Now, Great-Inventor went to get fuel to dry his salmon. He went every day. He needed much fuel, because he had so many salmon to dry. When he entered his house, the salmon caught his hair. Then he said, “Let me go! Why do you want to hold me, you who come from the dead?” Then his wife said, “What did you say there?” Great-Inventor replied, “What did I say?” And his wife retorted, “You said, ‘What are you doing, you who come from the dead?'” At once his wife was transformed into foam. The salmon fell down, and all disappeared. Only four salmon remained; and Great-Inventor cried, “No, you do not come from the dead!” But even then the salmon and his wife did not return.
Kanekelak (also spelled Kánekelak, Kanikwi’lakw, Kaniki’lakw, Q!aneqelaku, Q’aneqelakw, Q!â’n?qi’laxu, K’anig yilak’, and other ways): The Transformer figure of Kwakwaka’wakw mythology, who brought balance to the world by using his powers to change people, animals, and the landscape into the forms they have today.
The Kwakiutl (Kwakwaka’wakw) dances brought by Chief James Siwid (Seaweed) from New Indians
Many contemporary Kwakiutl identify themselves as Christians but incorporate traditional mythology into their faith, freely blending elements of Christian and indigenous religion. Broadly speaking, Kwakiutl mythology divides the world into several realms: the mortal world, the sky world, the land beneath the sea, and the ghost world (Boas 1935: 125; 1966: 306; Hawthorn 1967: 19; Macnair 1998: 95). In reality, however, it is difficult to discuss Kwakiutl mythology uniformly owing to the diverse accounts found among the many bands that constitute the Kwakiutl First Nations, though some underlying commonalities exist (Joseph 1998: 18-19, Kwakiutl Indian Band 2009; U’mista Cultural Center 2009).
Kwak’waka’wakw Dances (Kwakiutl) from the Central Coast of British Columbia, Canada, 1951
Early Film Captures a Glimpse of a Way Endangered
In 1914, photographer Edward S. Curtis (1868-1952) produced a melodramatic, silent film entitled In the Land of the Head Hunters. This was the first feature-length film to exclusively star Native North Americans (eight years before Robert Flaherty’s Nanook of the North). An epic story of love and war set before European contact, it featured non-professional actors from Kwakwaka’wakw communities.
In the Land of the War Canoes, 1914 silent film fictionalizing the world of the Kwakwaka’wakw peoples of the Queen Charlotte Strait region, written and directed by Edward S. Curtis and acted entirely by Kwakwaka’wakw natives.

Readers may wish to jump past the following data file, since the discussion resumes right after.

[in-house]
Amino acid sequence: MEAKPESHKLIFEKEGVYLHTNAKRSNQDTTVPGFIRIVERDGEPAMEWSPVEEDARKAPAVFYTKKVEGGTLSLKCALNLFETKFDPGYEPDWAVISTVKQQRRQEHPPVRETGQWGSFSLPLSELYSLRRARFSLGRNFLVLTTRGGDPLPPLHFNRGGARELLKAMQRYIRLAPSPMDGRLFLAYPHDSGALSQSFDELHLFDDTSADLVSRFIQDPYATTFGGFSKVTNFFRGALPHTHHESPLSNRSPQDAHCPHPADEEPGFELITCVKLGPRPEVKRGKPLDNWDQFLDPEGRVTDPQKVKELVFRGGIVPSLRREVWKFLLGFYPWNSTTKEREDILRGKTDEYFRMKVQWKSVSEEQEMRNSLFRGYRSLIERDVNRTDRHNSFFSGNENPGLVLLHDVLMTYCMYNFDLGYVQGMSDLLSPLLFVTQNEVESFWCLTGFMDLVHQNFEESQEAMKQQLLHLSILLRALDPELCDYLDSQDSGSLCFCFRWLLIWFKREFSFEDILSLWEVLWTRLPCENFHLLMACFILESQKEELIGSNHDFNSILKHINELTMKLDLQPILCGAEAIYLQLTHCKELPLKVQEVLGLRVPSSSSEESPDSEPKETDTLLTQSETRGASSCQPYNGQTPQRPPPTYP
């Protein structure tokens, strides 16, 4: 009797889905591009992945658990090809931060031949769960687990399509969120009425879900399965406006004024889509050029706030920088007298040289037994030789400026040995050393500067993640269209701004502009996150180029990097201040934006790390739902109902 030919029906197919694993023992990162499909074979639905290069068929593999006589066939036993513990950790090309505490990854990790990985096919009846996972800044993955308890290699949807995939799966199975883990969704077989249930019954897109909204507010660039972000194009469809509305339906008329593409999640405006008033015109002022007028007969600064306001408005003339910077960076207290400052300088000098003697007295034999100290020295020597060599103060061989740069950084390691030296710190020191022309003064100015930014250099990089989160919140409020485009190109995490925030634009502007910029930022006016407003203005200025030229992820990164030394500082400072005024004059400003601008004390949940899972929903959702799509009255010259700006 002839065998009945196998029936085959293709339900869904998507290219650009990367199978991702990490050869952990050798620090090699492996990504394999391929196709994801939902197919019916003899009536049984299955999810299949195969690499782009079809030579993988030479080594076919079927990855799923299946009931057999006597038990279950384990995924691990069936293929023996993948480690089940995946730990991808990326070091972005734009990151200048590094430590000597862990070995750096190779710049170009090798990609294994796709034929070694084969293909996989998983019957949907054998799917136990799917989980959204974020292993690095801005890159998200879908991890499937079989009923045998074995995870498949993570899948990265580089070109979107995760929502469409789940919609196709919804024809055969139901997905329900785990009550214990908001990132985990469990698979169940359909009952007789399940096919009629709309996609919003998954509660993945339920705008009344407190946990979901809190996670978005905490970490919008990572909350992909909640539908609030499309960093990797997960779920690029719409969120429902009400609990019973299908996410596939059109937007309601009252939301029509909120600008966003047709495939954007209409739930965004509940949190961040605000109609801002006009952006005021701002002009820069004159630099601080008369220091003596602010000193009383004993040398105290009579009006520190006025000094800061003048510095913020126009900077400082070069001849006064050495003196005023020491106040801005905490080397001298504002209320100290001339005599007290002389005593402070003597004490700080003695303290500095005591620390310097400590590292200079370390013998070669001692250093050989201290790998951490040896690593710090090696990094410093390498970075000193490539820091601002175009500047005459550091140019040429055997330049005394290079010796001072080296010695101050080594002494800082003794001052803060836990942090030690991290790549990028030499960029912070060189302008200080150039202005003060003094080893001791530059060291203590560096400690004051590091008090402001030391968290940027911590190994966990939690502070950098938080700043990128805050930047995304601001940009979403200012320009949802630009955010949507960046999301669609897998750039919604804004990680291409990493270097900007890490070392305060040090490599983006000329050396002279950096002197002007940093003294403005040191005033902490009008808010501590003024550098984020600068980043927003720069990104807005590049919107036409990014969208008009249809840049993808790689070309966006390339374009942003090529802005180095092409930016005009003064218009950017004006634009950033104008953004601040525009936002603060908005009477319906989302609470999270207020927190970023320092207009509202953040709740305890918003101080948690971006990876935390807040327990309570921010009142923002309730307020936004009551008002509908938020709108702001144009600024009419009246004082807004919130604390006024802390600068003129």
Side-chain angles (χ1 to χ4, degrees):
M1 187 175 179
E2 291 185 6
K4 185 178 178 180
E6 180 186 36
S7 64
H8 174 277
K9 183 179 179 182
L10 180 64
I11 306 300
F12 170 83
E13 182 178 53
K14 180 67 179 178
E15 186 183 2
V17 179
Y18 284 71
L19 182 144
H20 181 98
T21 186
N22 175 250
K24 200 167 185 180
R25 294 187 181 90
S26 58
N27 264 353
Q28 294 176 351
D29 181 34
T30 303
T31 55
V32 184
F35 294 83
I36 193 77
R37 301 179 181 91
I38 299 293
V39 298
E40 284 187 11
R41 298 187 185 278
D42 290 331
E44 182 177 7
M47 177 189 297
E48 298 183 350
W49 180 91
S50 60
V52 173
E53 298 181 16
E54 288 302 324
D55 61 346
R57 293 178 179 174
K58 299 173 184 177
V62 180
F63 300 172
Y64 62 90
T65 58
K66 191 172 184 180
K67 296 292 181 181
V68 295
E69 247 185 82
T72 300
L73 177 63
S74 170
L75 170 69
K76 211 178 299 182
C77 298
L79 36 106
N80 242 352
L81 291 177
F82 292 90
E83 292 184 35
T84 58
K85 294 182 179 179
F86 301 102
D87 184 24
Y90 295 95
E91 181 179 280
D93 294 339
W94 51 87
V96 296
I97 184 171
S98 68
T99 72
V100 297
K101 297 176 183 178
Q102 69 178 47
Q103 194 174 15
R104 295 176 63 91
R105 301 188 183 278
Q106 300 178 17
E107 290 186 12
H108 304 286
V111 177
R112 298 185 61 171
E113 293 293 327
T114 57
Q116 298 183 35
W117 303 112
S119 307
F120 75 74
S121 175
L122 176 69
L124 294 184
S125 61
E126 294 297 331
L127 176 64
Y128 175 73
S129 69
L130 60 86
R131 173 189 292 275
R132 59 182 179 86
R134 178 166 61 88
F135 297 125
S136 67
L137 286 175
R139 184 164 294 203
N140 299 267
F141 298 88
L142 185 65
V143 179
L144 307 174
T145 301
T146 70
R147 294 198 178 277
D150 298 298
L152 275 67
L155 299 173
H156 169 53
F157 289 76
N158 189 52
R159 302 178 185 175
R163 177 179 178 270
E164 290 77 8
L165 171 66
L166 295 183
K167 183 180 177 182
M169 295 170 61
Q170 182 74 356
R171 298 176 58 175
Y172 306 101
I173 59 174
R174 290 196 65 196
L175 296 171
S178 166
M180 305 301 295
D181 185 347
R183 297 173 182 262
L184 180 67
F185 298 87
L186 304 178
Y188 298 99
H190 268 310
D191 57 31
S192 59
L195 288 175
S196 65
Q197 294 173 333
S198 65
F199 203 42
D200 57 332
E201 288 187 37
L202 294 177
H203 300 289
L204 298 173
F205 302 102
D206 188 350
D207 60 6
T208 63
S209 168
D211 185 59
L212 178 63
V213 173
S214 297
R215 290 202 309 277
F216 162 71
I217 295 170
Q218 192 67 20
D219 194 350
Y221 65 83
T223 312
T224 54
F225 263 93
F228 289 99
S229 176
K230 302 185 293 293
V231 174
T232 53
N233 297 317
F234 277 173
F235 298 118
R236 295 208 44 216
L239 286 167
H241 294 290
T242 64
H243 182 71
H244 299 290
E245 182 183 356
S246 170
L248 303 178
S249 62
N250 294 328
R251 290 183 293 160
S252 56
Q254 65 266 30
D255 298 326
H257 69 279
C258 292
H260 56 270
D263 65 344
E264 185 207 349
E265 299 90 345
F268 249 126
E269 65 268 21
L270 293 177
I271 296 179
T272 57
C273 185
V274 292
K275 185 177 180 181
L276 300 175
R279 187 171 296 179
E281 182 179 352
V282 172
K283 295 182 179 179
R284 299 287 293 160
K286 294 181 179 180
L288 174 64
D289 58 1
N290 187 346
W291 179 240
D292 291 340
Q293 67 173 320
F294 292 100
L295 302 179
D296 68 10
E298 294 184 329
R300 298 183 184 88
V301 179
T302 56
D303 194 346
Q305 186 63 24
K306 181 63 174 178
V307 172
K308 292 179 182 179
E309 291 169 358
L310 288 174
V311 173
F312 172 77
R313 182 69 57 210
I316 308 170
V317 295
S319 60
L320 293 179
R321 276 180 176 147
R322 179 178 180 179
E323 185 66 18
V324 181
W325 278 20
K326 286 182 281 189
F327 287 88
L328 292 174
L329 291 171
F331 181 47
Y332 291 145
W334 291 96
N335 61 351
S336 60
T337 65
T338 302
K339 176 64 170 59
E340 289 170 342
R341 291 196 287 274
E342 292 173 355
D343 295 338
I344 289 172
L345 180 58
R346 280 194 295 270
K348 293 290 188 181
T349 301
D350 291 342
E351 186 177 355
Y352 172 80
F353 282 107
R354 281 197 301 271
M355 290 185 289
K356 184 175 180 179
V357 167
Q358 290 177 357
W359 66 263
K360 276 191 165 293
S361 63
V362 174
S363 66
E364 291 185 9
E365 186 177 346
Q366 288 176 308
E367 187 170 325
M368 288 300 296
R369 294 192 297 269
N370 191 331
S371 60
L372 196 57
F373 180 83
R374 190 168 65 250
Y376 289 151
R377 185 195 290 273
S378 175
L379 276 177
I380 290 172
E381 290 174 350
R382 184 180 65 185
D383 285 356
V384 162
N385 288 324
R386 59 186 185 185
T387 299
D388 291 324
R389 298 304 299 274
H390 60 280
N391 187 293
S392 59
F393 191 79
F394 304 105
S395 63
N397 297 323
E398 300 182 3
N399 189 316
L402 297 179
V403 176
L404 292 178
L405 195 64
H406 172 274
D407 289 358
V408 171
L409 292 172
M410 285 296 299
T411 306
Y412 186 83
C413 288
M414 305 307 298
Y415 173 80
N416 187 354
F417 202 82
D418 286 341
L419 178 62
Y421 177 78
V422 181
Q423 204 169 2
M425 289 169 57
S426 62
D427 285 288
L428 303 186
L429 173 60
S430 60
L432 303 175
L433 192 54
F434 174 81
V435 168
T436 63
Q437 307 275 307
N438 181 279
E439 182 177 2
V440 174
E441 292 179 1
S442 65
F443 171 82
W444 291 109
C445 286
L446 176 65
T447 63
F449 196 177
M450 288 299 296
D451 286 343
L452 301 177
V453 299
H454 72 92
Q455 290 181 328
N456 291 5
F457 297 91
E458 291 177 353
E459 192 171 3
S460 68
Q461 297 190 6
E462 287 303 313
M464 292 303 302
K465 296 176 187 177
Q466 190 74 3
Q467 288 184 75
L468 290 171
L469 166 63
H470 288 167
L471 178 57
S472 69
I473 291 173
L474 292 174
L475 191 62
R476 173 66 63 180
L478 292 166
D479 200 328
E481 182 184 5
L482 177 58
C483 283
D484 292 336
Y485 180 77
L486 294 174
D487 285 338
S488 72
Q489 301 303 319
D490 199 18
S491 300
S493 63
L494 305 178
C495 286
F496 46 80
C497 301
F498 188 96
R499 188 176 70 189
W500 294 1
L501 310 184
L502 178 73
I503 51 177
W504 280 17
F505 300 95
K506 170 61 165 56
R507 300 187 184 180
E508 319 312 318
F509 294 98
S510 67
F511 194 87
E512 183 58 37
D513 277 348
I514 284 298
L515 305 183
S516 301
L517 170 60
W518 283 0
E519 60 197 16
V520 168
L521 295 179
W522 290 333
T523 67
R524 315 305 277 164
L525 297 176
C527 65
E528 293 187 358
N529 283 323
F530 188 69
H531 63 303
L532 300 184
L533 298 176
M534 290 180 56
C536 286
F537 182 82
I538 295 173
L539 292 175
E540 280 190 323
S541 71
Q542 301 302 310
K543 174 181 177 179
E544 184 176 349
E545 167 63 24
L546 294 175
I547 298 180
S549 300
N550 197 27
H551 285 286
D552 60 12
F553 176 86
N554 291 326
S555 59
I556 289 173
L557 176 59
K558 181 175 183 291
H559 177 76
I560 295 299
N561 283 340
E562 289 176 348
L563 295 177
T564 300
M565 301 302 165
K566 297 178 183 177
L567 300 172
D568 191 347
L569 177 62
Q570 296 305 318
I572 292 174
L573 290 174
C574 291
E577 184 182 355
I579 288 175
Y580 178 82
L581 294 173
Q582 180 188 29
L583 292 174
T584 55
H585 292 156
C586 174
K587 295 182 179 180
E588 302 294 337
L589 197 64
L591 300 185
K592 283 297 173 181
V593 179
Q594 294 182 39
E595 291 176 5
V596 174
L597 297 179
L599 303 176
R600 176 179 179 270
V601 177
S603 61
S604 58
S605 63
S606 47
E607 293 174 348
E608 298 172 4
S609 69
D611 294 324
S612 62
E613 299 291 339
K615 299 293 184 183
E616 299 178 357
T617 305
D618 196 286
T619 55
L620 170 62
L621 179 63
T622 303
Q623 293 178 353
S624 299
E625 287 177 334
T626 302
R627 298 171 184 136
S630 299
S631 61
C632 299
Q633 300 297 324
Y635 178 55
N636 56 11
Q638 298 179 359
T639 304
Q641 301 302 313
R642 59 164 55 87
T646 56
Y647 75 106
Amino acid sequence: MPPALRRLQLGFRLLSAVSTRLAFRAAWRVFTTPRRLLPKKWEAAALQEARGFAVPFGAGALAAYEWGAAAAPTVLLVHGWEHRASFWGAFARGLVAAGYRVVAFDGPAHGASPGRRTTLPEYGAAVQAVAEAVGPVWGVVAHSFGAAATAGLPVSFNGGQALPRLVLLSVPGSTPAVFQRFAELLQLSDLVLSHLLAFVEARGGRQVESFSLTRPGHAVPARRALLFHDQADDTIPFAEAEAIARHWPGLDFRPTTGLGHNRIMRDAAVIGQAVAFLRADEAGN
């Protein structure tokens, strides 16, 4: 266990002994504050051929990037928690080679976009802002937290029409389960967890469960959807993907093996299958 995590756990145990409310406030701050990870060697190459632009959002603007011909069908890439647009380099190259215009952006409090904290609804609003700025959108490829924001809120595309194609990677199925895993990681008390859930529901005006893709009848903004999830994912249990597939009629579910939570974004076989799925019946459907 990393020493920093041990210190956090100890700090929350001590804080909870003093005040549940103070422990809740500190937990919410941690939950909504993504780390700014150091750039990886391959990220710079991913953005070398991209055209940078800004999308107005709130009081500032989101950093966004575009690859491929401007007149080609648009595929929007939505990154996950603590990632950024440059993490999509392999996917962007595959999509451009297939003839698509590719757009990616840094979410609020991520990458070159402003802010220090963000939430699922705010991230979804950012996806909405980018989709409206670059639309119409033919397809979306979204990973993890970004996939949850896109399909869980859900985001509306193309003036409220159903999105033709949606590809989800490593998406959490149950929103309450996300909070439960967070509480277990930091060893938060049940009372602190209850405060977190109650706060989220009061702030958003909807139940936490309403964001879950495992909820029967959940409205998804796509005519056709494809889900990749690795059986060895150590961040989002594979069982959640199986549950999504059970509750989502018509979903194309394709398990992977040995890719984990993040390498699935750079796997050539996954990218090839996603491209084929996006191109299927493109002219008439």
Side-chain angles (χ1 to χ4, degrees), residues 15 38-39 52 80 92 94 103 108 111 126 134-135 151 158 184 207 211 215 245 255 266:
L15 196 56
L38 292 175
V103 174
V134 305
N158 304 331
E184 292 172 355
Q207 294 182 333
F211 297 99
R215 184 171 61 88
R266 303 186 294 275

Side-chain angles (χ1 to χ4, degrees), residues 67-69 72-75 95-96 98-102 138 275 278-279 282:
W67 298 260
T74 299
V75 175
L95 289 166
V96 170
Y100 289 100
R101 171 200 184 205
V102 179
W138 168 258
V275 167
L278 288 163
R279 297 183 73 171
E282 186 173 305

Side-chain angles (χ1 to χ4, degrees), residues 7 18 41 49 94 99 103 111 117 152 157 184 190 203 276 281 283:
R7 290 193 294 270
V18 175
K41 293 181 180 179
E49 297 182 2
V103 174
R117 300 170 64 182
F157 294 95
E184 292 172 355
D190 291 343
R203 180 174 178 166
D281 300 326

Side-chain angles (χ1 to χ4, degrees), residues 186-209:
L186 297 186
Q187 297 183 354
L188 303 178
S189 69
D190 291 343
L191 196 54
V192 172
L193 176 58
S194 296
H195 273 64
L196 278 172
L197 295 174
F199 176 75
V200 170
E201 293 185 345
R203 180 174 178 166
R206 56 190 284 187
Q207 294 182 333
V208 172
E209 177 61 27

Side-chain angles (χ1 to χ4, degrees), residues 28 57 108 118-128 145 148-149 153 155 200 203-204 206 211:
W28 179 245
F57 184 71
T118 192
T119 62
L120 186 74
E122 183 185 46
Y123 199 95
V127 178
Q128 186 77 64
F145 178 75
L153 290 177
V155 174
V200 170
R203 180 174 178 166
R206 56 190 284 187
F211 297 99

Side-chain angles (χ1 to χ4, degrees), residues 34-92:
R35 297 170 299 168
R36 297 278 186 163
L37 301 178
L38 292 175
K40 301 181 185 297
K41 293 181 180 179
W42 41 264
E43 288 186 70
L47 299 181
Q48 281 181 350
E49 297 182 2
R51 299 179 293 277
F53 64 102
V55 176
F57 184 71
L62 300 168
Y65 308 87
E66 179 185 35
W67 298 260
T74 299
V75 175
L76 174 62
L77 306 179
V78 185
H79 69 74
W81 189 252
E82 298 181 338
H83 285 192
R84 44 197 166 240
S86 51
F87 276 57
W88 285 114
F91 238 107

Rather than documenting Native life in 1914, Head Hunters captured a moment of cultural encounter between Curtis and the Kwakwaka’wakw actors and consultants performing the former’s scripted version of their own past for the camera. On a certain level, Curtis suffered the ailment common to settler colonialists who romanticize the esoteric and exotic aspects of native belief and ritual.
Yet, some aspects of Curtis’ film do have documentary accuracy: the artwork, the ceremonial dances, the clothing, the architecture of the buildings, and the construction of the dugout, or a war canoe reflected Kwakwaka’wakw culture. Other aspects were based on the Kwakwaka’wakw’s orally transmitted traditions or on aspects of other neighboring cultures. The most sensational elements — the head hunting, sorcery, and handling of human remains — reflect much earlier practices that had been long abandoned, but which became central elements in Curtis’s spectacularized tale.
Even more noteworthy than Curtis’s embellishments, though, is the film’s portrayal of actual Kwakwaka’wakw rituals that were prohibited in Canada at the time of filming under the federal Potlatch Prohibition (1884-1951), intended to hasten the assimilation of First Nations. Despite this legislation, the dances and visual art forms—hereditary property of specific families—were maintained through this period and transmitted to subsequent generations, including the performers associated with this project.
An extension of their previous engagement with international expositions, ethnographers, and museums, the film in part helped the Kwakwaka’wakw evade the potlatch ban, maintain their expressive culture, and emerge as actors on the world’s stage. By adapting their traditional ceremonies for Curtis’s film while refusing to play stereotypical “Indians,” the Kwakwaka’wakw played a vital role in the development of the most modern of commercial art forms—the motion picture.